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Many children manage toilet training well but staying dry at night isn’t always so easy to master. 10-15% of children will still wet the bed at night at the age of 6 and most GPs won’t consider it to be a problem until the age of 7 plus. Boys in particular may find it difficult and they are three times more likely to wet the bed at night than girls the same age. In general, before the age of 7 bedwetting is only considered an issue if the child is feeling bad about themselves as a result of it, otherwise parents should try to stay relaxed.

What is involved in staying dry at night?

Between the ages of 2-6 the body starts to produce an antidiuretic hormone in the early evening which reduces urine production overnight. Different children develop this nightly hormone cycle at different ages. There are hereditary influences involved so it is likely that if a parent was still bedwetting at the age of 6 then their child will do so too. As children grow older they also become more skilled at learning to wake themselves when their bladder is full.

What you can do:

Paradoxically the most helpful thing you can do is to increase your child’s fluid intake during the day and make sure your child has a drink regularly. This helps the bladder practise being full and stretches the bladder so it gains a bigger capacity in order to hold onto liquid throughout the night.

However, it is still best to avoid all squash, fruit juices and fizzy drinks with evening meals and before bed. Avoid giving anything in the hour before bedtime but if the child insists on a bedtime drink then only offer water or milk.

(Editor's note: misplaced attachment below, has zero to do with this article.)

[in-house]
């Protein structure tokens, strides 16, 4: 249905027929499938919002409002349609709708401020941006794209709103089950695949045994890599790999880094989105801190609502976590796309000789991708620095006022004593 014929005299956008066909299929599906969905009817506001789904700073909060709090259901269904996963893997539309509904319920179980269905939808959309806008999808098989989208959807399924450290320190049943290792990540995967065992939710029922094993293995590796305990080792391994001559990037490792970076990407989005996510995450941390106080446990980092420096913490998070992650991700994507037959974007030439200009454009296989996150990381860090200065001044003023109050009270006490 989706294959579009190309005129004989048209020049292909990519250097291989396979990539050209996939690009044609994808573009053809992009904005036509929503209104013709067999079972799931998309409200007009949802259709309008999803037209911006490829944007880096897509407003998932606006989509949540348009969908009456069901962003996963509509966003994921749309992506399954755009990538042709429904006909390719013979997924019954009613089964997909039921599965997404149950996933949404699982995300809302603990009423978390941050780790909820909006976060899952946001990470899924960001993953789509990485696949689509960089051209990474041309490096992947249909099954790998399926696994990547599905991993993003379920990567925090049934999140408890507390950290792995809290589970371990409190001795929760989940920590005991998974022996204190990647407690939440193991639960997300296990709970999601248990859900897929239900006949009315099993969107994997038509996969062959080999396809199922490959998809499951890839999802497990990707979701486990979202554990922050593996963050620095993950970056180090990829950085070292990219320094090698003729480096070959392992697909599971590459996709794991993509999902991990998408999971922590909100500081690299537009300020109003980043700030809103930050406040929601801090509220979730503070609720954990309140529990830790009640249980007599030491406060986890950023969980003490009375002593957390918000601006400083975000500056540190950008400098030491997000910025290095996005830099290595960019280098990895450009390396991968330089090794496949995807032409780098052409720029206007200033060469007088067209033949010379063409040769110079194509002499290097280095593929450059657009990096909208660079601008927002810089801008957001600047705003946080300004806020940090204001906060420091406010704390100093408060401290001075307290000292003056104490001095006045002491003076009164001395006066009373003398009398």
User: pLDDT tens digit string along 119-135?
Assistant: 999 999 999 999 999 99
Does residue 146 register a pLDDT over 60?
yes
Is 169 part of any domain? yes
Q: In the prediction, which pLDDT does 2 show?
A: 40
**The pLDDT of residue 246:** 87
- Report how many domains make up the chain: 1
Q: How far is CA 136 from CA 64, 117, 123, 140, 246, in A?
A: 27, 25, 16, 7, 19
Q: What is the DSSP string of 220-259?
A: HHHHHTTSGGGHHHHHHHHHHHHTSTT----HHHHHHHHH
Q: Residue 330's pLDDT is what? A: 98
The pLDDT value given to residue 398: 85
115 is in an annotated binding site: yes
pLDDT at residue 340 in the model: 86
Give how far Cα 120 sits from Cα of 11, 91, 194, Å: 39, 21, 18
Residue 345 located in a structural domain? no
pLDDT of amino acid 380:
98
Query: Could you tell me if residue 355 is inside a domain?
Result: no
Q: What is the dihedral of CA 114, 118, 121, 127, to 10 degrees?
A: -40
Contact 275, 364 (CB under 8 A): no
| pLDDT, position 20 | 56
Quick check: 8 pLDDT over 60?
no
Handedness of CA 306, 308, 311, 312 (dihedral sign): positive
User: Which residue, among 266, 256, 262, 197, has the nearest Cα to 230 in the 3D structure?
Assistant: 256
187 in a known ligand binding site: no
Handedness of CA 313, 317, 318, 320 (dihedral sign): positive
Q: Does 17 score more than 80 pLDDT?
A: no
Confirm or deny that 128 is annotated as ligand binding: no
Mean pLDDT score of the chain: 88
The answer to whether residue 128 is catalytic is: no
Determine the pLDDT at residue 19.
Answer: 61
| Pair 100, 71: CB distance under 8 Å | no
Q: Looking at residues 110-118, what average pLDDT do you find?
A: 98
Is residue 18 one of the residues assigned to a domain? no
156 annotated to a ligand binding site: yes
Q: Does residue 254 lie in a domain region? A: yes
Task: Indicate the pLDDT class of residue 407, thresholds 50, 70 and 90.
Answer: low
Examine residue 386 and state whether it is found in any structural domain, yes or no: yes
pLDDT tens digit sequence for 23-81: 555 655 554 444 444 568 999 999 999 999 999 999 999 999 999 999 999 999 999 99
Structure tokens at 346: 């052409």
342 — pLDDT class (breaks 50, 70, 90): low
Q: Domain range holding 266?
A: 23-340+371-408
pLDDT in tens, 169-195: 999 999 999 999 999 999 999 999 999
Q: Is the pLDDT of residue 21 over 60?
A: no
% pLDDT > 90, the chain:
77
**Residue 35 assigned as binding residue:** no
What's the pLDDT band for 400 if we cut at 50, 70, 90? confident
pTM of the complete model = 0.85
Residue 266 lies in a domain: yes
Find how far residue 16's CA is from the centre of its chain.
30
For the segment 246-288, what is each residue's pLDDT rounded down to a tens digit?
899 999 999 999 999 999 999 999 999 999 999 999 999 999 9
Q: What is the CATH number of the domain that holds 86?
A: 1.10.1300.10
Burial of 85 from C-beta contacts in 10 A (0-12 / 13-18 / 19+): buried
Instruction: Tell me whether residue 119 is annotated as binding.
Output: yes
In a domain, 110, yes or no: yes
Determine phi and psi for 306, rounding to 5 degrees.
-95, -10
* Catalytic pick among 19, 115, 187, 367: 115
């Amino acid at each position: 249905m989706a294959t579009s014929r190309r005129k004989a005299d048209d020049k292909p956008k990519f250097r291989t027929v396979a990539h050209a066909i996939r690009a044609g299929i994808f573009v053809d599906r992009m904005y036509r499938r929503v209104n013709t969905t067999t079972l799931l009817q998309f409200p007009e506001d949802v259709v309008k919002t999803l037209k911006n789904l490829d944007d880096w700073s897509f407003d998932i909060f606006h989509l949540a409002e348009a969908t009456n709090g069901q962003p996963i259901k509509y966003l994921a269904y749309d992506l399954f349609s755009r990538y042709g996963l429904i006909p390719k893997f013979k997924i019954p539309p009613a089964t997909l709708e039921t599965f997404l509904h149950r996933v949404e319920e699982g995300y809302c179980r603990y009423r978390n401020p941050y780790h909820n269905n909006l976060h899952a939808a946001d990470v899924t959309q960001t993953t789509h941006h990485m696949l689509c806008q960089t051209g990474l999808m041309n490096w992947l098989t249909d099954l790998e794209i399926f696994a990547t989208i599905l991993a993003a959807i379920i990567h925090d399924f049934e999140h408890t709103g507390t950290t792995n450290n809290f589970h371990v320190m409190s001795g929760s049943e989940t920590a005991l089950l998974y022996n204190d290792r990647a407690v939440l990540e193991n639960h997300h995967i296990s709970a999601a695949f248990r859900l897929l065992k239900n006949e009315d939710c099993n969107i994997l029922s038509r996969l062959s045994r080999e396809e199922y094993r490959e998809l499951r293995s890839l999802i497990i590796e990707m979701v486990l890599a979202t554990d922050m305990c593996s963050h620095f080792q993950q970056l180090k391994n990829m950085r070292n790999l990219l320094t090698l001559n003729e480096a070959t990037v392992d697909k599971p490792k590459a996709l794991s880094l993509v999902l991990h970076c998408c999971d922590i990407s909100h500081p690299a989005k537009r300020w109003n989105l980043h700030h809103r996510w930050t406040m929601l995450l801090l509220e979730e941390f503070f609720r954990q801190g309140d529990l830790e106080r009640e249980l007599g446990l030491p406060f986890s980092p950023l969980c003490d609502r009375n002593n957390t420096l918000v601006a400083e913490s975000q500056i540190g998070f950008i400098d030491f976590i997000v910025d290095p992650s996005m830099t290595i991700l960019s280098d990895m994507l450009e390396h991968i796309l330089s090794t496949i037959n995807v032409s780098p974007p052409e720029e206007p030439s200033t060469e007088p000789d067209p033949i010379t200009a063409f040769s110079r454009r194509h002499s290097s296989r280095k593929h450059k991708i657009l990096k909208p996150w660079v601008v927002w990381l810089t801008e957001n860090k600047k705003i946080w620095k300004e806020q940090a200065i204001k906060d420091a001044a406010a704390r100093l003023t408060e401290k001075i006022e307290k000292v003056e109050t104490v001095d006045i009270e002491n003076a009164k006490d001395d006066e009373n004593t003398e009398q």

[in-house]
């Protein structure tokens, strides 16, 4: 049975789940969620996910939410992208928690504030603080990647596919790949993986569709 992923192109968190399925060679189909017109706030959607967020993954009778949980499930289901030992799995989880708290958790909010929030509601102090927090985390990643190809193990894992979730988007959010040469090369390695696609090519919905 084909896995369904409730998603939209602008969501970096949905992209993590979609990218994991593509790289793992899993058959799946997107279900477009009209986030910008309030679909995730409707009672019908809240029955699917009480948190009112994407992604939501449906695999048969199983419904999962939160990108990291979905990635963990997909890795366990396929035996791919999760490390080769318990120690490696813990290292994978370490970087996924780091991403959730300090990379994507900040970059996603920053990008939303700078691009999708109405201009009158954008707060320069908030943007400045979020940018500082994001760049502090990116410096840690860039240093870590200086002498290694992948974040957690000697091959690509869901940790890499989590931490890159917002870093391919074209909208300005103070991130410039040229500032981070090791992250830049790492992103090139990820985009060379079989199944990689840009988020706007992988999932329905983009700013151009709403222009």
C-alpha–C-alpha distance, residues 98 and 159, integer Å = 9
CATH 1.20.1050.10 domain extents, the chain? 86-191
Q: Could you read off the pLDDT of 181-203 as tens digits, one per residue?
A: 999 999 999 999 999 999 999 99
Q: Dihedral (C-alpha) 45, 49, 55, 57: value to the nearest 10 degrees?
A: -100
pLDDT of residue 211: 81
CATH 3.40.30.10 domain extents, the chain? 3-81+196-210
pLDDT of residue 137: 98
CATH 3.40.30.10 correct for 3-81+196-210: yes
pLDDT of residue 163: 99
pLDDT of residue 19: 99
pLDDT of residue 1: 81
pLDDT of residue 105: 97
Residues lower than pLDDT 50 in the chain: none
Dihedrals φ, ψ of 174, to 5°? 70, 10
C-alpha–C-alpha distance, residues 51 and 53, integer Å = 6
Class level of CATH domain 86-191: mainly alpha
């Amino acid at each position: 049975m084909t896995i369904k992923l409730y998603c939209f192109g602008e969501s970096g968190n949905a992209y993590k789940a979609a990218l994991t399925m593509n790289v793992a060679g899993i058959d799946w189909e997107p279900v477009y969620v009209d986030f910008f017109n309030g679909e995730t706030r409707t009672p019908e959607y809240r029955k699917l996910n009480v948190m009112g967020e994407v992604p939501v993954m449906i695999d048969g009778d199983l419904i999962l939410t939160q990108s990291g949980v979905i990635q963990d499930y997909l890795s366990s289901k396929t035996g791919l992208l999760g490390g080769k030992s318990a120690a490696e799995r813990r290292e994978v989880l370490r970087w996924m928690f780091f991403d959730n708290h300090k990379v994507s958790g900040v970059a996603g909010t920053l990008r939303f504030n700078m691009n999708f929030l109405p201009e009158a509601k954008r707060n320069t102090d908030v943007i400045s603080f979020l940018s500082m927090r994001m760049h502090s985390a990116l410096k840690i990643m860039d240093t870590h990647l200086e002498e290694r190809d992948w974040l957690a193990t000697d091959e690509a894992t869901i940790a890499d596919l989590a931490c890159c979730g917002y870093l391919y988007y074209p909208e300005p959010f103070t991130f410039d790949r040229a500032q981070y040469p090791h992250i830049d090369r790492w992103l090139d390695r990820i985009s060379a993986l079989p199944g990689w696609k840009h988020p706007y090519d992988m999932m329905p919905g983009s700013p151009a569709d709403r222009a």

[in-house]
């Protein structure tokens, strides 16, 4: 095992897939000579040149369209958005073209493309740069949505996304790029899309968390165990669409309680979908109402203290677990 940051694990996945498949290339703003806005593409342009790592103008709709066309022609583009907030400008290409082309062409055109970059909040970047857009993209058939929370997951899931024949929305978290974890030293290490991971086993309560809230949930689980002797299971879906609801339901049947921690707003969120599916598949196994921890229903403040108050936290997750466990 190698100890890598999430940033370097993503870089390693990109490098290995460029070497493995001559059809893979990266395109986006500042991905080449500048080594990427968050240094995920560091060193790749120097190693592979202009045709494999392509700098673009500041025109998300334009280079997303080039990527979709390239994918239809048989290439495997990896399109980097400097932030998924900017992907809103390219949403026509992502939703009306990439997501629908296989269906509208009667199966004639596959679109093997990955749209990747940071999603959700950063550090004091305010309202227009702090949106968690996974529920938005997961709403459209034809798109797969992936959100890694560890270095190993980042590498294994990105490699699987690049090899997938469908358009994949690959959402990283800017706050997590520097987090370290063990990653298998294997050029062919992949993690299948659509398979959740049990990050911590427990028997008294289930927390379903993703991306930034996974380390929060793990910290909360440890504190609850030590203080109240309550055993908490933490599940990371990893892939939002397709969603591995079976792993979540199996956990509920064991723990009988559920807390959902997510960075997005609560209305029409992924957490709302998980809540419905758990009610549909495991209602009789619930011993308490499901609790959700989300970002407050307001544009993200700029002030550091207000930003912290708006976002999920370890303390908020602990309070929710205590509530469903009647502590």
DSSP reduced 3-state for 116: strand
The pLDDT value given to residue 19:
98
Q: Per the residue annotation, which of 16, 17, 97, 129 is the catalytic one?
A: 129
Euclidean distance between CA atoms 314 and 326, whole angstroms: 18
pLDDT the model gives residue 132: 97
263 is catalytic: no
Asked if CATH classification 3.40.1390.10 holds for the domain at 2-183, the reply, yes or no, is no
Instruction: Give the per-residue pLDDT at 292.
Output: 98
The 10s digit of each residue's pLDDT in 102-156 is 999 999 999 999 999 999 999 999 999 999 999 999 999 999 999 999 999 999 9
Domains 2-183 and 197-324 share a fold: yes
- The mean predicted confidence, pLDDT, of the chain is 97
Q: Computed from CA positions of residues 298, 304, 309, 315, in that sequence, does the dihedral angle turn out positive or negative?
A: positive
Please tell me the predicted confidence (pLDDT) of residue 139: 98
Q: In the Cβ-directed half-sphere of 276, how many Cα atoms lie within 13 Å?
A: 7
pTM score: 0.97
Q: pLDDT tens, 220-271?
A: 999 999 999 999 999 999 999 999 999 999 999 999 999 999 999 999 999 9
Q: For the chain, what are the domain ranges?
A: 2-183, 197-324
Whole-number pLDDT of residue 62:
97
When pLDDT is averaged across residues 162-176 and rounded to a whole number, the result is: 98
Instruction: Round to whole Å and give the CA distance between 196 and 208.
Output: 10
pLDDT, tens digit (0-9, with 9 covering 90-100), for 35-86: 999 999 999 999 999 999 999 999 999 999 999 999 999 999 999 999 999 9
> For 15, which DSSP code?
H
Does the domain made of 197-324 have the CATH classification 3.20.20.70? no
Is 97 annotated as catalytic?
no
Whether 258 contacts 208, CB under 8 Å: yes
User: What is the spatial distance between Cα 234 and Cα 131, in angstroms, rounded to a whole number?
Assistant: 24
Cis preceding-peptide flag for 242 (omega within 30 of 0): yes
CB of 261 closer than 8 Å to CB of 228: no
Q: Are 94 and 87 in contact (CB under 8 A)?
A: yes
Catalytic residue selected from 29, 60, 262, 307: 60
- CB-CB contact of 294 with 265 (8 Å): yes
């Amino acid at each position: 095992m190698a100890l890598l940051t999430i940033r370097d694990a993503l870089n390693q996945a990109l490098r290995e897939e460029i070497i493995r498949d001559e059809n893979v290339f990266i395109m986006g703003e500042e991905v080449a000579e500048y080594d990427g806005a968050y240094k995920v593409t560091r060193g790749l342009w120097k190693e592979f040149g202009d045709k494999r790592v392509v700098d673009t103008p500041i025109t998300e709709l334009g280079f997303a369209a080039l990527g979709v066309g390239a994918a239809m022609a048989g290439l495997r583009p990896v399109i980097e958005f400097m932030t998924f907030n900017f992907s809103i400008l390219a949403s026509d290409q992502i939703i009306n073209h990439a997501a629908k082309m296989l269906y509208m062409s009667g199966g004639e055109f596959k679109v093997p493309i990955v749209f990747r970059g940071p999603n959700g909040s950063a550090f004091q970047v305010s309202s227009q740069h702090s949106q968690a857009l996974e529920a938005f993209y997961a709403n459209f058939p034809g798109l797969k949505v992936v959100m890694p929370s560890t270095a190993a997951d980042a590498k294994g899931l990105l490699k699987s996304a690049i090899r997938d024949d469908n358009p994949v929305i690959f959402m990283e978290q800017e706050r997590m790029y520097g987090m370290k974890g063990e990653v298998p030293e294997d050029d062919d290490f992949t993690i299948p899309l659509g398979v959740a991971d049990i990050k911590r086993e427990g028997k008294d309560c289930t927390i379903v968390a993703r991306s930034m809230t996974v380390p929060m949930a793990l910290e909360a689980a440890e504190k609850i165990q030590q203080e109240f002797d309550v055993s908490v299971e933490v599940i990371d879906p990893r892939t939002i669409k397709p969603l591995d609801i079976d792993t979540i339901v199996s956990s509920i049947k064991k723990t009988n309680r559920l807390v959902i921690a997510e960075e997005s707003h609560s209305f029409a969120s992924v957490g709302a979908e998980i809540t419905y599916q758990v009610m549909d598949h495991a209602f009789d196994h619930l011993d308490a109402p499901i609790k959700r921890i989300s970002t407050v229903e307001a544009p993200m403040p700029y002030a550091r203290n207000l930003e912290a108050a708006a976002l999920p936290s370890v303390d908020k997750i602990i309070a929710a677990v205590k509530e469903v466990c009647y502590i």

Children may not fully empty their bladder in one go so going to the toilet twice before bedtime may be helpful (e.g. once before bath and once before bed).

For children who are resistant to going to the toilet twice in quick succession then lifting a child to go on the toilet / potty 3-4 hours after bedtime may be helpful. Keep lights low and talking to a minimum to ensure an easy transfer back to bed. Once children are successfully dry after lifting, experiment with gradually moving the lifting to progressively earlier in the evening before eventually phasing out.

Putting children to bed half an hour earlier than usual may help with overtiredness and avoid children falling into such a deep sleep that they cannot rouse themselves to go the toilet when needed.

It is important to praise dry nights and minimise commenting on wet ones. It is frustrating for parents when children cannot seem to master dry nights but punishment, criticism or belittling leads to higher anxiety in the child and increases the likelihood of a wet bed.

After a run of dry nights parents often think their child has ‘cracked it’ only to feel disappointed and frustrated when the frequent bedwetting returns. Unfortunately bladder control can be a work in progress for quite some time. It’s not unusual for children to have several dry nights in a row and then have a whole week of wet beds and for this cycle to continue repeatedly over a long period.

As bedwetting occurs when children are asleep, reward charts will only be useful once you feel certain that your child has some bladder control and therefore a chance of success. Otherwise they can set the child up to fail and leave everyone feeling dispirited.

If bedwetting is frequent and parents are becoming frustrated and annoyed about the constant laundry then it is better for the child to return to pull ups and take the pressure off everyone for a time. Waiting until the child is a little older and letting everyone get back to having unbroken sleep for a while may give the process more chance of success when you decide to try again.

Sleep & bedtime